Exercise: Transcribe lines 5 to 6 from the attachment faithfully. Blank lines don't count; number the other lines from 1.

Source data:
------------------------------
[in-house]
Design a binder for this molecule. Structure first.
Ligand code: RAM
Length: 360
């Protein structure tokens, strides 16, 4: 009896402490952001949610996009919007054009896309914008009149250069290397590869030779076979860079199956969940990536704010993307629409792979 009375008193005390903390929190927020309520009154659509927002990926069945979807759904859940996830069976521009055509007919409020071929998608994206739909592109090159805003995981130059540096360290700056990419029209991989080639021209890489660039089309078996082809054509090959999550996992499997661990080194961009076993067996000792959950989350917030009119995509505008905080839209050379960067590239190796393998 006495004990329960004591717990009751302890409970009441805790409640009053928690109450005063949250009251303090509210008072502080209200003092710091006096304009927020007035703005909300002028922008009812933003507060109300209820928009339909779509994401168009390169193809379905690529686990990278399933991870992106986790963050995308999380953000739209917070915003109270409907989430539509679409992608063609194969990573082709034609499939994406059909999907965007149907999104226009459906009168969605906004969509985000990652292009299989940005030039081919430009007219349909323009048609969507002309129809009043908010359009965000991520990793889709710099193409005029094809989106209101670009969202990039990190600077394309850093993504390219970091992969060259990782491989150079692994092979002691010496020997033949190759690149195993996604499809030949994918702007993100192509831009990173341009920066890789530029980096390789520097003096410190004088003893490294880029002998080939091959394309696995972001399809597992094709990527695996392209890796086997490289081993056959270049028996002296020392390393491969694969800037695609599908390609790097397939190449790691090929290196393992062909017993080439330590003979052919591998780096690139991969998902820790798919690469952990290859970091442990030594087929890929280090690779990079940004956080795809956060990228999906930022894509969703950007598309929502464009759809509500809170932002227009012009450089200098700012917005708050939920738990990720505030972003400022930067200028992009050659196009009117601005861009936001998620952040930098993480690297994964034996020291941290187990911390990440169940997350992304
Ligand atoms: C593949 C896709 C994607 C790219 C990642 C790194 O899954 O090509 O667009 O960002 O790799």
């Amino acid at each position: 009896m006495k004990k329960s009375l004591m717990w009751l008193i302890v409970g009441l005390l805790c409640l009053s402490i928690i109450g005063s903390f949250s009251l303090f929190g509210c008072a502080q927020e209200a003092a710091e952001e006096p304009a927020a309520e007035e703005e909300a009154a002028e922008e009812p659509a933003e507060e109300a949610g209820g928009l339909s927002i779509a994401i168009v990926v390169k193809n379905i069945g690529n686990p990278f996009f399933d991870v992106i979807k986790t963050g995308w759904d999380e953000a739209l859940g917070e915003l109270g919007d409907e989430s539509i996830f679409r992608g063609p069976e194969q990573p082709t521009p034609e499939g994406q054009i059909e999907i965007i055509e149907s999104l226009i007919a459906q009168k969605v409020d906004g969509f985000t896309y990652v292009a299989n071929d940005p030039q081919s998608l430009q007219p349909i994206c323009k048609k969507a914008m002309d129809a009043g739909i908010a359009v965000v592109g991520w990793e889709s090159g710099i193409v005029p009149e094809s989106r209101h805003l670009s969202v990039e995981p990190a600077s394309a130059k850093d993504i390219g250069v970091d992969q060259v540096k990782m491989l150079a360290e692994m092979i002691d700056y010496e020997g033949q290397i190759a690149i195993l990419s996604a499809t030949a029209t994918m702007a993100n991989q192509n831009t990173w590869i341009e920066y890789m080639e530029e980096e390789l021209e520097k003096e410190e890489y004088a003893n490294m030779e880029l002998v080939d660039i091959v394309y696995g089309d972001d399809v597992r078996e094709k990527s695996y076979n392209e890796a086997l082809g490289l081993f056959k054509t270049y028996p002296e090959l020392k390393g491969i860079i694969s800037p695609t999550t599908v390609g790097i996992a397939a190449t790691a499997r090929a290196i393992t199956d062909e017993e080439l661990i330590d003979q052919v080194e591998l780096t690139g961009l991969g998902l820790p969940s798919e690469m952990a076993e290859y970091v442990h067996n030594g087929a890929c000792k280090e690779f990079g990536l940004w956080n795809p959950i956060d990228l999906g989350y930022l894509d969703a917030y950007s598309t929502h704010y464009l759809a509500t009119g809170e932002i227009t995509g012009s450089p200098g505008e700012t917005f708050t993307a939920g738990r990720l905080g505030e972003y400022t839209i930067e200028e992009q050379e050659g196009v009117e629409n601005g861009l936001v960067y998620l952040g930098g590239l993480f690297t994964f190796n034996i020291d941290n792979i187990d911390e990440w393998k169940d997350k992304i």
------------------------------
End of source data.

């Protein structure tokens, strides 16, 4: 009896402490952001949610996009919007054009896309914008009149250069290397590869030779076979860079199956969940990536704010993307629409792979 009375008193005390903390929190927020309520009154659509927002990926069945979807759904859940996830069976521009055509007919409020071929998608994206739909592109090159805003995981130059540096360290700056990419029209991989080639021209890489660039089309078996082809054509090959999550996992499997661990080194961009076993067996000792959950989350917030009119995509505008905080839209050379960067590239190796393998 006495004990329960004591717990009751302890409970009441805790409640009053928690109450005063949250009251303090509210008072502080209200003092710091006096304009927020007035703005909300002028922008009812933003507060109300209820928009339909779509994401168009390169193809379905690529686990990278399933991870992106986790963050995308999380953000739209917070915003109270409907989430539509679409992608063609194969990573082709034609499939994406059909999907965007149907999104226009459906009168969605906004969509985000990652292009299989940005030039081919430009007219349909323009048609969507002309129809009043908010359009965000991520990793889709710099193409005029094809989106209101670009969202990039990190600077394309850093993504390219970091992969060259990782491989150079692994092979002691010496020997033949190759690149195993996604499809030949994918702007993100192509831009990173341009920066890789530029980096390789520097003096410190004088003893490294880029002998080939091959394309696995972001399809597992094709990527695996392209890796086997490289081993056959270049028996002296020392390393491969694969800037695609599908390609790097397939190449790691090929290196393992062909017993080439330590003979052919591998780096690139991969998902820790798919690469952990290859970091442990030594087929890929280090690779990079940004956080795809956060990228999906930022894509969703950007598309929502464009759809509500809170932002227009012009450089200098700012917005708050939920738990990720505030972003400022930067200028992009050659196009009117601005861009936001998620952040930098993480690297994964034996020291941290187990911390990440169940997350992304
Ligand atoms: C593949 C896709 C994607 C790219 C990642 C790194 O899954 O090509 O667009 O960002 O790799």